This interactive resource allows students to explore a map, chart, and data table of the cumulative amount of CO2 emissions for various countries.
This takes into account the total emissions produced by fossil fuels and cement production, with data beginning in 1750.
This allows students to visually see the emissions build-up over time and see the relative change in emissions for various countries.
Note that this resource only provides data for fossil fuels and cement production, but if you include all sources of greenhouse gas pollution, different countries show up higher on the list in recent history, see the CO2 Data Explorer.
Students should know how to read a map and line graph.
Students should be familiar with the term relative change.
All of the data and visuals can be downloaded.
This resource could be incorporated into social studies classes when discussing economic resources for global climate solutions that take into account historic emissions.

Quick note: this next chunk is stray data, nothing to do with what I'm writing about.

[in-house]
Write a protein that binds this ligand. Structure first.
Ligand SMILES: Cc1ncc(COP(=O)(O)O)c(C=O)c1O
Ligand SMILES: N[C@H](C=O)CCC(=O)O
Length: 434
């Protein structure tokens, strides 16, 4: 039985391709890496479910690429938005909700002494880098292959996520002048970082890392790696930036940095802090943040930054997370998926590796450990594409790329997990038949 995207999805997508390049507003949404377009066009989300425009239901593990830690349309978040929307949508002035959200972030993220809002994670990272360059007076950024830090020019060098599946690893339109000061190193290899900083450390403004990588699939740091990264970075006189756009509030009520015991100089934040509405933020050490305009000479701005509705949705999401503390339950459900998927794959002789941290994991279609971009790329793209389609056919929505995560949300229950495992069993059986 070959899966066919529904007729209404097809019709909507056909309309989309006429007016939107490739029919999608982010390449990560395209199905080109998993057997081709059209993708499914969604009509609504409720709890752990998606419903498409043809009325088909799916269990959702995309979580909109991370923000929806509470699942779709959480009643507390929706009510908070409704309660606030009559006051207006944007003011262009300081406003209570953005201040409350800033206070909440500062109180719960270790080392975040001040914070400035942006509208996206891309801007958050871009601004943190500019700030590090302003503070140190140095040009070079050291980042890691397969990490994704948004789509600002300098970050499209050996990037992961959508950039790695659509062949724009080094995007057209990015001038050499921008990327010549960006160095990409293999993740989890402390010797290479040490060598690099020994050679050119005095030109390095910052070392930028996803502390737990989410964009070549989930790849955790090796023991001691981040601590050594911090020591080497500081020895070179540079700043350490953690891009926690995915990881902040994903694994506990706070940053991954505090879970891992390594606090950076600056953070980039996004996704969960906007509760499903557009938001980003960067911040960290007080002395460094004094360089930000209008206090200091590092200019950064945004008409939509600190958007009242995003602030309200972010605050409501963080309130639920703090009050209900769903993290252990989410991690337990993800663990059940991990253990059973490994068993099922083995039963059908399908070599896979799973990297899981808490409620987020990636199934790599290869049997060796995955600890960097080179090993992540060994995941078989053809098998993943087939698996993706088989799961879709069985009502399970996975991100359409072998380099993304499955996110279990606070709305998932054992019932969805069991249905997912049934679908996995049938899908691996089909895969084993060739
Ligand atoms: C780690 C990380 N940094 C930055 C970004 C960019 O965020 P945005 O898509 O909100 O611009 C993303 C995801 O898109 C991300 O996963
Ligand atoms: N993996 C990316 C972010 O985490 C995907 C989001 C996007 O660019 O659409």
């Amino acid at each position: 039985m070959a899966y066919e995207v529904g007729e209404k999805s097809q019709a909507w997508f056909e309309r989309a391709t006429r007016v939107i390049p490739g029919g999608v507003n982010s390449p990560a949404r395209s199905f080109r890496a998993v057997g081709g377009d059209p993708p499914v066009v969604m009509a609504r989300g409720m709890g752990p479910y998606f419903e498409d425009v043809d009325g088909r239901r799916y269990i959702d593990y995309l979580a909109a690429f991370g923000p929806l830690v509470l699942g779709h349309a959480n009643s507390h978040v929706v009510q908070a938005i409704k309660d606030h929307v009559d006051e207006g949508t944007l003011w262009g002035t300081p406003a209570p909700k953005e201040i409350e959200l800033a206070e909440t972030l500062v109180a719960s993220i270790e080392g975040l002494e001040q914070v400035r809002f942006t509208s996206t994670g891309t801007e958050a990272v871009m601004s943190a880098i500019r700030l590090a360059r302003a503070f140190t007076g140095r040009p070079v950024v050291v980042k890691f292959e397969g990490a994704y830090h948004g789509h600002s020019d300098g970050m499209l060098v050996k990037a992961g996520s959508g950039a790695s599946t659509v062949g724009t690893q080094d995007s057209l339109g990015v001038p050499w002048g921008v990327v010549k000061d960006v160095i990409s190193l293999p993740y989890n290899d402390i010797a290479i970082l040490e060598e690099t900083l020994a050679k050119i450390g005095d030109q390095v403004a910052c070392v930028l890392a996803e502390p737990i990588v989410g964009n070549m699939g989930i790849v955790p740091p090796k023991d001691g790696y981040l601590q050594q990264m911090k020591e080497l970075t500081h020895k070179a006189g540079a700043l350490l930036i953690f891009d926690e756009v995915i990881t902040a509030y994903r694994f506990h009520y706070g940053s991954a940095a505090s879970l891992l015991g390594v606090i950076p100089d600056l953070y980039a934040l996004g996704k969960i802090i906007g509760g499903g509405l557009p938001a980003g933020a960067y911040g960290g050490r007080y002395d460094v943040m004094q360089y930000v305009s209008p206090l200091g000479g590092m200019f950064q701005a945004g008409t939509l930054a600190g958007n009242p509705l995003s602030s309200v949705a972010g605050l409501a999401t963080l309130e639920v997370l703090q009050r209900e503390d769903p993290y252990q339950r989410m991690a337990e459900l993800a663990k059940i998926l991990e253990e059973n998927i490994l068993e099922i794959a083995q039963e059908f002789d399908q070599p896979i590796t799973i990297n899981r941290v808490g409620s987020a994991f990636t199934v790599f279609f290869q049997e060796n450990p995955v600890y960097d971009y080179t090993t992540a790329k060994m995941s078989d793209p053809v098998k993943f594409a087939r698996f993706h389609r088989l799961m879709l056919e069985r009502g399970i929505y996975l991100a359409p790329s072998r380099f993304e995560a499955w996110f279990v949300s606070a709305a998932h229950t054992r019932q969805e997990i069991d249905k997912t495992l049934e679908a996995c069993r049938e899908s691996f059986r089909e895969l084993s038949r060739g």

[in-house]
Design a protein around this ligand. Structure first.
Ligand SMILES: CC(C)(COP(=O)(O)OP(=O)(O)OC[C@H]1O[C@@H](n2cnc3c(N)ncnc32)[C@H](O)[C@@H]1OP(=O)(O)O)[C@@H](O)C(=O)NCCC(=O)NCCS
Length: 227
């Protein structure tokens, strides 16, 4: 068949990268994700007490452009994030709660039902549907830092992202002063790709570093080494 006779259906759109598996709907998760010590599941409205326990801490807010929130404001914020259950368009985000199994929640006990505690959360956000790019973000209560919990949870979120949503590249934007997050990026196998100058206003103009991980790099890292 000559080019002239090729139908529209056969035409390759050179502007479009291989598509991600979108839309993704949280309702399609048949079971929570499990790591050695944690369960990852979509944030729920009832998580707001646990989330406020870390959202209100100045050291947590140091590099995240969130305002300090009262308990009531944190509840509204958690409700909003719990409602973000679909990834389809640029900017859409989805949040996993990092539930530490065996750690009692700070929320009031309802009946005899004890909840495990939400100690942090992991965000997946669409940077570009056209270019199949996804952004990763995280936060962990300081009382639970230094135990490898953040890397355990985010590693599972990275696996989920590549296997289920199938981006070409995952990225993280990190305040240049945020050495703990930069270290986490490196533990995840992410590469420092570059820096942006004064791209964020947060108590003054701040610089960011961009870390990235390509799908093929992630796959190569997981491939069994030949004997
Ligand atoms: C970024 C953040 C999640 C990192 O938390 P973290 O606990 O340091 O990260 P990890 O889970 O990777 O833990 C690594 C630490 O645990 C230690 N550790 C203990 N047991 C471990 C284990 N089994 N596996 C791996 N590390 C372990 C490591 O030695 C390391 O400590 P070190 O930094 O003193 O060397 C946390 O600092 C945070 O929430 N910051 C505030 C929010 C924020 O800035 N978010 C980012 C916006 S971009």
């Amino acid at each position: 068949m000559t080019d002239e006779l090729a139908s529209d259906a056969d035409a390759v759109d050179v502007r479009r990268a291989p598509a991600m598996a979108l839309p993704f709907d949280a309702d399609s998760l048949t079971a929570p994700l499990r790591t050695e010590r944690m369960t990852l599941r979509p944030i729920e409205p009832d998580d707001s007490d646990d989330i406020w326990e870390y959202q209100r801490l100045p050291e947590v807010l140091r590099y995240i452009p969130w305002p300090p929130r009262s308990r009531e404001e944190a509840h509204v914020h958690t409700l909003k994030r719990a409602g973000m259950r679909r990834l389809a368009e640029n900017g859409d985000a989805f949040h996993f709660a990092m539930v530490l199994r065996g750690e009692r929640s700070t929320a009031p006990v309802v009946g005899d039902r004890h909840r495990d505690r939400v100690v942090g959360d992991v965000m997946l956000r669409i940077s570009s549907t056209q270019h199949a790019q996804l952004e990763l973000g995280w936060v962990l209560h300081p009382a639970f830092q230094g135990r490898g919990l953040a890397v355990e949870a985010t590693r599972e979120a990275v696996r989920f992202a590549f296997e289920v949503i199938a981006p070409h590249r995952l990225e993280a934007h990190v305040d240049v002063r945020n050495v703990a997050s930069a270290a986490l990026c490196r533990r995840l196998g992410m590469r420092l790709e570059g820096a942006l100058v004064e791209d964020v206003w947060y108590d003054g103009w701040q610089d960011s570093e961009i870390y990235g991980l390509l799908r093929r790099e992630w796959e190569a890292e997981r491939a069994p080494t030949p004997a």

Students can compare emissions from low, lower-middle, upper-middle, and high-income countries to explore issues of justice related to emission levels.
The resource contains historical cumulative CO2 data from 1751, although updated to 2019. It is relevant for students to explore and gain perspectives from different countries.
Data Reasoning and Probability (9-12)
HS.DR.A.4 Use mathematical and statistical reasoning to formulate questions about data to evaluate conclusions and assess risks.
ESS3: Earth and Human Activity
6.ESS3.3 Apply scientific principles to design a method for monitoring and minimizing a human impact on the environment.
HS.ESS3.5 Analyze geoscience data and the results from global climate models to make an evidence-based forecast of the current rate of global or regional climate change and associated future impacts to Earth’s systems.